Appadurai’s candidacy threatens to unravel this project and end the cozy relationship between the fossil-fuel industry and the B.C. government.
The press gallery in Victoria has been the B.C. NDP establishment’s willing accomplice by failing to highlight what’s really at stake in this leadership race.
The troublemaker, Appadurai, is running to stave off a “Hothouse Earth” scenario in which overlapping climate-feedback loops will kill hundreds of millions of people.
She running to take back her party from a gang of careerists, including Eby, who did the bare minimum to try to stop the Trans Mountain pipeline expansion. This project’s annual upstream and downstream emissions will exceed the annual total for the entire province of B.C.
If Appadurai wins the leadership race, she hopes to reverse the B.C. NDP government’s policy of continuing to log old-growth forests, which serve as critical carbon sinks. These old-growth forests help prevent massive flooding in the face of more powerful atmospheric rivers.
Those torrential rains are becoming stronger over time due to the warming of the Pacific Ocean, resulting in significantly more water vapour collecting in the skies. The warming of the western part of the Pacific Ocean is also contributing to heat waves, according to the U.S. National Oceanic and Atmospheric Administration.
Then there’s the drought that has dogged southwestern B.C. in the late summer and autumn of this year. In Port Alberni last week, the temperature record was shattered by more than three degrees when mercury in thermometers reached 25.7 C.
It’s a goddamned crisis and like John Lewis in his youth, Appadurai is ringing the alarm bell.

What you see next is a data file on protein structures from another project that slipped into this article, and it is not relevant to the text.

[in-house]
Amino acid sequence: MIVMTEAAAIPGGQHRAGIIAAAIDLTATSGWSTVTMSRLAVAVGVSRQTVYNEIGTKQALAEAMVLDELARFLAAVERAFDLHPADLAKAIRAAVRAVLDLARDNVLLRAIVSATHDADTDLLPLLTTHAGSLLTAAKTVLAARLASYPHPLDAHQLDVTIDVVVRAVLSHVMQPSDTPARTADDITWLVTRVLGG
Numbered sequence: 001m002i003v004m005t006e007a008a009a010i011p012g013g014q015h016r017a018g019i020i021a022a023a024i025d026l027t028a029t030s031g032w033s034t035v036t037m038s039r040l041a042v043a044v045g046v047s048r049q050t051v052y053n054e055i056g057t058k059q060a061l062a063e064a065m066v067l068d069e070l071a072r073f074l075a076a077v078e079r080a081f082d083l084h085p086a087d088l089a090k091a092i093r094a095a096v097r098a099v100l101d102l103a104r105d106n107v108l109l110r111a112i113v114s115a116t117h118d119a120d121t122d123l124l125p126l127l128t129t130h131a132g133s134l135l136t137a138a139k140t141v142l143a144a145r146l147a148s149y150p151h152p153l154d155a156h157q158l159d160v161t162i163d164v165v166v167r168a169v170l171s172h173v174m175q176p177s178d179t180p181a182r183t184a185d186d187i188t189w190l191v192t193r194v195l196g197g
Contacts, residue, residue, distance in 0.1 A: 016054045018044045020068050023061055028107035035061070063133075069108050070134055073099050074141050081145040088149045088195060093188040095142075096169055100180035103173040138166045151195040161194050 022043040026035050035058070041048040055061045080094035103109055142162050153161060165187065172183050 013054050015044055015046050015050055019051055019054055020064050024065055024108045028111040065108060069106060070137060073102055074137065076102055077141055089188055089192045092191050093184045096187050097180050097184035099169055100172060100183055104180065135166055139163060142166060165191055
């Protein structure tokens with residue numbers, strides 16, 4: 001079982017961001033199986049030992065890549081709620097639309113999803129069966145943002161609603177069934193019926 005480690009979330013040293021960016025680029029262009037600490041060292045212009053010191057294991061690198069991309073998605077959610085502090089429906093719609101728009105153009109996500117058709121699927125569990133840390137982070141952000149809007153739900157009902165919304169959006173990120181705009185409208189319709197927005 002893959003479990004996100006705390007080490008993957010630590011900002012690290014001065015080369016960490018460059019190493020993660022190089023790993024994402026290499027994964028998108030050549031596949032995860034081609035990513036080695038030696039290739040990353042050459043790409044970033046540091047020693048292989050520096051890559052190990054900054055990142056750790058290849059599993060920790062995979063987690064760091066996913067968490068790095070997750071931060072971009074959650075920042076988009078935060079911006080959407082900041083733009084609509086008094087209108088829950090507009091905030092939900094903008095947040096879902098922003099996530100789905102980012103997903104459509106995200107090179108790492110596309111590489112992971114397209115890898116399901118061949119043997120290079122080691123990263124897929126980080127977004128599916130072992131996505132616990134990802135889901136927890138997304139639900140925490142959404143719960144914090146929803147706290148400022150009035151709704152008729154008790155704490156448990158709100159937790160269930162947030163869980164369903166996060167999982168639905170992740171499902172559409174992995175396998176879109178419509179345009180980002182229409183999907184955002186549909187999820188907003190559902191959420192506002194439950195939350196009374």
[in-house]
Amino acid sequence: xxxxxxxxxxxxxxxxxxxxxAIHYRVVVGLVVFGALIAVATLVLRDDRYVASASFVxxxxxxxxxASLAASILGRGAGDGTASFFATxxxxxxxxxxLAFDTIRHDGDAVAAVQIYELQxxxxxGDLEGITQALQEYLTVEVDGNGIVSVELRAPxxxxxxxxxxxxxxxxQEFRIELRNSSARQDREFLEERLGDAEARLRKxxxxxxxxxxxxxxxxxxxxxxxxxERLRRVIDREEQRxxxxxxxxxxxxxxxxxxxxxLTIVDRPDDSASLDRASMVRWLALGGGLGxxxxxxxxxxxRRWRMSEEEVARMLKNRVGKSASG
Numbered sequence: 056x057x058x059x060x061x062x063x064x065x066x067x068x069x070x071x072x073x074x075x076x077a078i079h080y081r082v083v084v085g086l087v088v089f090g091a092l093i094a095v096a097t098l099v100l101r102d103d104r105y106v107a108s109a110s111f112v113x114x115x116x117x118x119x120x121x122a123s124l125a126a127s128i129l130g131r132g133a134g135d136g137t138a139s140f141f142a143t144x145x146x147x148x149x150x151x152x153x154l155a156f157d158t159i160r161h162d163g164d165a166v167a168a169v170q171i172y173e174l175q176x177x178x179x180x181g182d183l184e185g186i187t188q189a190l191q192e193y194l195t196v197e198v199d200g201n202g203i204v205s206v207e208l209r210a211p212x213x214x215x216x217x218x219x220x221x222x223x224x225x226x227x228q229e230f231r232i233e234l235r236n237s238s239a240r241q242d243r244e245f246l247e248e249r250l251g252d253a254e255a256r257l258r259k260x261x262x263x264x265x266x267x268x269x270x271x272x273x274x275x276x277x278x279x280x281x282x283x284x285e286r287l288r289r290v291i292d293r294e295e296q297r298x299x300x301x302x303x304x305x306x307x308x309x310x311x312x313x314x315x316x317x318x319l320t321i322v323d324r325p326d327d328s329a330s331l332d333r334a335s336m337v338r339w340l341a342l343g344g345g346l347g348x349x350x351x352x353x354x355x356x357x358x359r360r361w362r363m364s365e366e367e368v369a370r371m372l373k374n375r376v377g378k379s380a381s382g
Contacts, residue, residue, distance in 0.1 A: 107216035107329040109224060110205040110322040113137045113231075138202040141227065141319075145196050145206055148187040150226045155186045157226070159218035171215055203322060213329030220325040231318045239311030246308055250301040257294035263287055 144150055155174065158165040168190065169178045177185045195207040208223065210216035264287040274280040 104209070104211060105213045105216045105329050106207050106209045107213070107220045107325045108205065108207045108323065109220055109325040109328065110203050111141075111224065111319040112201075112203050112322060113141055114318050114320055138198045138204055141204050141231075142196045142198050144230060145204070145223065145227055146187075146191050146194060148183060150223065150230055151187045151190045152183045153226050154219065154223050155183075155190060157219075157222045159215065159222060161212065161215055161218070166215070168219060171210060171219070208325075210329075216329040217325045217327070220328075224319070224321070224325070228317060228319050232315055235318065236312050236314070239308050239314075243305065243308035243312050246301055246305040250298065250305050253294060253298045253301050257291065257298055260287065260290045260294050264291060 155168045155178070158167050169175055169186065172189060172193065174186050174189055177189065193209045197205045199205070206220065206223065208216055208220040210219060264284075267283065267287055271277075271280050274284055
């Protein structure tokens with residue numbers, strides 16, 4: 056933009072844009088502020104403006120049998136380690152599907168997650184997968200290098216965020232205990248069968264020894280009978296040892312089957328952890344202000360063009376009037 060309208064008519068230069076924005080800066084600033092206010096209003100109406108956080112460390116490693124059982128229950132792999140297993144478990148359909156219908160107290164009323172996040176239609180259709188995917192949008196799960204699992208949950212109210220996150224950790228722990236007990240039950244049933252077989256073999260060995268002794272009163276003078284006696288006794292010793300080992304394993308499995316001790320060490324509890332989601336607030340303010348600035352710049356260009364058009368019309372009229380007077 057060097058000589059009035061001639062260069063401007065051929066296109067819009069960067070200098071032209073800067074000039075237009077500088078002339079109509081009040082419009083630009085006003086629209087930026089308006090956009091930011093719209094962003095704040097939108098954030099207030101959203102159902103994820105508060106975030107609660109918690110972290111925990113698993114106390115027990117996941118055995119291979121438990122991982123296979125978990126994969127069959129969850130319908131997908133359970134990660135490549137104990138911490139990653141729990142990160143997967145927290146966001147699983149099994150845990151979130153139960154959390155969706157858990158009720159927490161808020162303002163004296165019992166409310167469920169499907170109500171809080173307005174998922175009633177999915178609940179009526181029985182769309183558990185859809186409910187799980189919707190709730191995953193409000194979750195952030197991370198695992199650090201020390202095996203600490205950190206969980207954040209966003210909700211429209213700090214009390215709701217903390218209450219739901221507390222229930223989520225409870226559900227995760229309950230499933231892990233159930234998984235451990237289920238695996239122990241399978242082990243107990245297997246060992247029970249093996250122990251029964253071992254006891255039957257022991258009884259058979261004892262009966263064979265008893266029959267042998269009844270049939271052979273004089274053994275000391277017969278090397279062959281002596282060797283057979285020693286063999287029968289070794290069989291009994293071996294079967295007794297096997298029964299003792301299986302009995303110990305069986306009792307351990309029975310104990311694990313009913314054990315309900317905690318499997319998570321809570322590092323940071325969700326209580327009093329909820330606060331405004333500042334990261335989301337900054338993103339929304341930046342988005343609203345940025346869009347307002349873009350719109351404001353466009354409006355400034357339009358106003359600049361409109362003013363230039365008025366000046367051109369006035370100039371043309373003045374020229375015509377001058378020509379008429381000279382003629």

“Like so many young people today, I was searching for a way out, or some might say a way in, and then I heard the voice of Dr. Martin Luther King Jr. on an old radio,” Lewis wrote in his final essay, which was published in the New York Times on the day of his funeral.
“He was talking about the philosophy and discipline of nonviolence,” Lewis continued. “He said we are all complicit when we tolerate injustice. He said it is not enough to say it will get better by and by. He said each of us has a moral obligation to stand up, speak up and speak out. When you see something that is not right, you must say something. You must do something.”
Appadurai is doing exactly this by stepping forward to seek the B.C. NDP leadership when nobody else was prepared to address the injustice of the Horgan government’s climate and logging policies.
Why should people around the world have to die or live in misery, due to the climate consequences, because B.C. politicians think it’s a God-given right to continue digging up or fracking fossil fuels?
Appadurai is standing up, speaking up, and speaking out in the spirit of the great civil rights leader. History will not be kind to any party that tries to stifle her voice through procedural means.
Let’s be clear about this: Appadurai is the John Lewis of B.C. in 2022.
One day in the not too distant future, we’ll all come to realize this.